18 Hours of Worship with 8 Million People
About five years ago, in the final moments of Ash Wednesday, I found myself propped up against a dingy Greenwich Village bar room wall when I realized I had just experienced a perfect 18-hour liturgy.
It actually all began, as days like this often do, the night before at a bar on Fat Tuesday. I’d only just taken a few sips of my Cabernet while chatting with a jolly midtown bartender, when a gentleman sat down next to me and ordered a martini. I was enjoying a quiet drink and Thai appetizers waiting for the rest of the evening to unfold. The conversation with the generous bartender turned to what I would be doing in the city the next day. I told him I’d be hanging out in Union Square for a very different sort of Ash Wednesday service. This turned the head of my barstool neighbor we began chatting. As we exchanged the usual American “so what do you do?” I was astonished to find that out of the gabillion people in New York city I ended up sitting next to the dean of General Seminary, Rev. Patrick Malloy. Really, really! So, we ate and drank and talked of many things – and laughed at the crazy way God moves and the utter joy of indulging in good food and making new friends on Mardi Gras in a town of 8 million people. With drinks done and nibbles gone, we parted ways on a brightly lit city corner, with hugs and still more laughter. I was simply buoyant with the mystery of how God creates community in this world.
Call to worship
When the alarm on my iPhone disturbed my dream-laced slumber, I slipped out of bed, threw on my clothes from the previous night to fetch a decent cup of coffee. I returned before light and enjoyed a quiet moment of coffee and scones before light peeked between the high rises of the waking city.
Dressed and ready for the day, I headed south on 5th Ave. to Union Square. As much as I wanted to blend in, I surely looked the part of a gawking tourist as I looked all around and up at the soaring heights. I simply was not inclined to repress the silly-ass grin smeared from ear to ear. Not much more than a mile away, the walk took nearly an hour because I wandered into parks, stopped to take pictures and lingered over a more substantial breakfast.
With a full belly and renewed energy, it took a few minutes and a couple of text messages to find the little community I had come to worship with that day.
See, a week or so before heading off to NYC I realized I would not be in Atlanta with my beloved Kirkwood UCC for Ash Wednesday. Yeah, weird that this recovering Baptist, post-denominational gal would care about such, but as it turns out Ash Wednesday means a great deal to me. So, as I often do, I had turned to Facebook to find a solution. Folks quickly recommended plenty of lovely places where I could receive ashes but it was an invitation from my friend Kellie Anderson-Picallo that made my heart sing. Join us, she said, to distribute ashes, prayers and love in Union Square! Well, duh – where else would I be?!?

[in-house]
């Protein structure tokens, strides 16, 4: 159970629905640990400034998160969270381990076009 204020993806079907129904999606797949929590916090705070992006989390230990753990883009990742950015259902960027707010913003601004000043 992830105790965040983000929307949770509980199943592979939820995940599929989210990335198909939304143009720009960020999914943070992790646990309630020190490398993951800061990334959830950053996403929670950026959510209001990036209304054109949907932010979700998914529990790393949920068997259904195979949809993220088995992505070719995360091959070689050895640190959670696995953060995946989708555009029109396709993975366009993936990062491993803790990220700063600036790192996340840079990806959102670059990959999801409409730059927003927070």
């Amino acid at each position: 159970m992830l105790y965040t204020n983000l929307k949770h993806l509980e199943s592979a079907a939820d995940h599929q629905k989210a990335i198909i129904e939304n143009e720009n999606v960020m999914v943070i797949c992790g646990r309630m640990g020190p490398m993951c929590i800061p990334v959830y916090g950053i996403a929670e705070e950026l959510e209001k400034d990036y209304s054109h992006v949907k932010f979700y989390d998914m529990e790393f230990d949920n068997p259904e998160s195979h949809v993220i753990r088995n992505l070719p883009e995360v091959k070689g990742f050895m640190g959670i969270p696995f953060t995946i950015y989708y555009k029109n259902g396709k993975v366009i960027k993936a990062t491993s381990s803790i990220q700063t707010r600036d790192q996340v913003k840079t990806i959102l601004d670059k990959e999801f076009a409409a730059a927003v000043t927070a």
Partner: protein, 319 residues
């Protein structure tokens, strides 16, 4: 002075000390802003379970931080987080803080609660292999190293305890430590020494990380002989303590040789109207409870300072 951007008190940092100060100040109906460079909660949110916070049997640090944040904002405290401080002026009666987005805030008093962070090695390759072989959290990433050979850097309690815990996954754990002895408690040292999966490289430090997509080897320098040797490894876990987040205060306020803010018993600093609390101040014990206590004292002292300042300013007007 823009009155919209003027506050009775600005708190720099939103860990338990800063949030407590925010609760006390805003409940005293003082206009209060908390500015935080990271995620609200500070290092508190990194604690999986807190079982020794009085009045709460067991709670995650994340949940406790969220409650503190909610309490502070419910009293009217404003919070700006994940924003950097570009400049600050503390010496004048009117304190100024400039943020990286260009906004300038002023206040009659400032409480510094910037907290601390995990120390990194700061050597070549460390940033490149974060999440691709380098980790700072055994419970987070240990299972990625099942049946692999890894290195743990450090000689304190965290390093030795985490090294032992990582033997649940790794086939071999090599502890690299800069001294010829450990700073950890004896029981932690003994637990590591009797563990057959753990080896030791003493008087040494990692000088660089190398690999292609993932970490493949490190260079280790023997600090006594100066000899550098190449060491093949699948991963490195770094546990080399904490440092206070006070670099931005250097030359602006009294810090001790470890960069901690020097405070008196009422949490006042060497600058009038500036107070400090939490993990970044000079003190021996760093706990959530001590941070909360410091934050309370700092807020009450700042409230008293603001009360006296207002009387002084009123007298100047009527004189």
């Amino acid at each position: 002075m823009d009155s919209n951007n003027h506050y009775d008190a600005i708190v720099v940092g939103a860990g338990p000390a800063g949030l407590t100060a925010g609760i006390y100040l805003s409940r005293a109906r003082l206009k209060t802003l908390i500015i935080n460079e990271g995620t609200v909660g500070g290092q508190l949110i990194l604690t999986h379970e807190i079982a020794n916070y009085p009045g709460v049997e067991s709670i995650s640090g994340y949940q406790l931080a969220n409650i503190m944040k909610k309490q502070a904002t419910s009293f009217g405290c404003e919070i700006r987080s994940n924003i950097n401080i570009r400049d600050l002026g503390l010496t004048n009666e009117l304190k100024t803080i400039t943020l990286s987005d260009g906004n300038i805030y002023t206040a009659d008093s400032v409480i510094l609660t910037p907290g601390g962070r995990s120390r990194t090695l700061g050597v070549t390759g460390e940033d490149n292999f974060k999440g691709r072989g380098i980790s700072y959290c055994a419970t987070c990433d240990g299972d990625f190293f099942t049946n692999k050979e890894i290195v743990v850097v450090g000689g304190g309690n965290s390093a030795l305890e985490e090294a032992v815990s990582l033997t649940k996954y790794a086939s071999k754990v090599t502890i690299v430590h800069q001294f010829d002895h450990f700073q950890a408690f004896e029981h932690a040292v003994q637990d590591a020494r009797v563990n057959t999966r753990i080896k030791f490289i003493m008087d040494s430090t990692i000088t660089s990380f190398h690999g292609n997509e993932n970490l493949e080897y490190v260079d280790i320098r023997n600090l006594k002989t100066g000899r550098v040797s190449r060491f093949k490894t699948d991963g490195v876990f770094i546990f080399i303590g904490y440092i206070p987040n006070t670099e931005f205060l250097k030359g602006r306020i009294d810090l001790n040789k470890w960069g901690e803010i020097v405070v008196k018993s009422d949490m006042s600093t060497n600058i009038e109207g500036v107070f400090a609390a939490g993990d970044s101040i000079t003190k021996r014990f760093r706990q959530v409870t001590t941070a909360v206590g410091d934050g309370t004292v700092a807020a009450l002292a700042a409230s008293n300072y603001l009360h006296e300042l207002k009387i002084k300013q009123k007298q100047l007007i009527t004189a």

I found them on the south steps of Union Square, about five or six in all, with signs offering free ashes, hugs and prayers. Among the leaders of this merry band of faithful were my friend Kellie (that’s Rev. Anderson-Picallo to y’all), Rev. Mieke Vandersall (Executive Director of Presbyterian Welcome) and John Russell Stanger. After receiving my own hugs and ashes, a bowl of ashes was placed in my hands. Now, as much as I’d like to say that we were overrun with New Yorkers lining up to receive ashes from this obviously awesome crew, alas, not even close. Folks popping out of the subway or briskly headed across the park would, more often than not, give us an odd sideways glance, if they looked at us at all. A couple of people stopped and snapped photos since John was proudly holding the sign above his head. But there were some who allowed us to enter their lives for a brief moment with ashes and those words “from dust you are and to dust you shall return.”
Don’t laugh, but tears rolled down my face each time it happened. Whether from my hands or one of my ministry partners that day – the spark of grace that passed between the two was visible to all who had eyes to see. I had the honor of sharing ashes with three women, Gloria, Maribell and Sybill. I was utterly undone by the trust and truth that could be shared in that place, in that act.
Response and Confession